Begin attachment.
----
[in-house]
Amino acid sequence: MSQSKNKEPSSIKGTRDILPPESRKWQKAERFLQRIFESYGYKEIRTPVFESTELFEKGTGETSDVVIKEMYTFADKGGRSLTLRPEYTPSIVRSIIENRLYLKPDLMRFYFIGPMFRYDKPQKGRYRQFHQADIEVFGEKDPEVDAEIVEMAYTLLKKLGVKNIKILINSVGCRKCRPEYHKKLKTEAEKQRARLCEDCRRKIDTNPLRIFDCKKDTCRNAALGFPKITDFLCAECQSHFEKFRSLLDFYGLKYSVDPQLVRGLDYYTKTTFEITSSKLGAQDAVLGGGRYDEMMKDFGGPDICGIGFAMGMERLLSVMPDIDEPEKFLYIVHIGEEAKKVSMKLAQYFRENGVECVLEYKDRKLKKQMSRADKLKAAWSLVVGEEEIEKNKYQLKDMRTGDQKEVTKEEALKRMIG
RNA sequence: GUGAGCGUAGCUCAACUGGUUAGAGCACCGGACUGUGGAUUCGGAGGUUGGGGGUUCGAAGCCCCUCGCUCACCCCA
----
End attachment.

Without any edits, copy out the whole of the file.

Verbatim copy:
[in-house]
Amino acid sequence: MSQSKNKEPSSIKGTRDILPPESRKWQKAERFLQRIFESYGYKEIRTPVFESTELFEKGTGETSDVVIKEMYTFADKGGRSLTLRPEYTPSIVRSIIENRLYLKPDLMRFYFIGPMFRYDKPQKGRYRQFHQADIEVFGEKDPEVDAEIVEMAYTLLKKLGVKNIKILINSVGCRKCRPEYHKKLKTEAEKQRARLCEDCRRKIDTNPLRIFDCKKDTCRNAALGFPKITDFLCAECQSHFEKFRSLLDFYGLKYSVDPQLVRGLDYYTKTTFEITSSKLGAQDAVLGGGRYDEMMKDFGGPDICGIGFAMGMERLLSVMPDIDEPEKFLYIVHIGEEAKKVSMKLAQYFRENGVECVLEYKDRKLKKQMSRADKLKAAWSLVVGEEEIEKNKYQLKDMRTGDQKEVTKEEALKRMIG
RNA sequence: GUGAGCGUAGCUCAACUGGUUAGAGCACCGGACUGUGGAUUCGGAGGUUGGGGGUUCGAAGCCCCUCGCUCACCCCA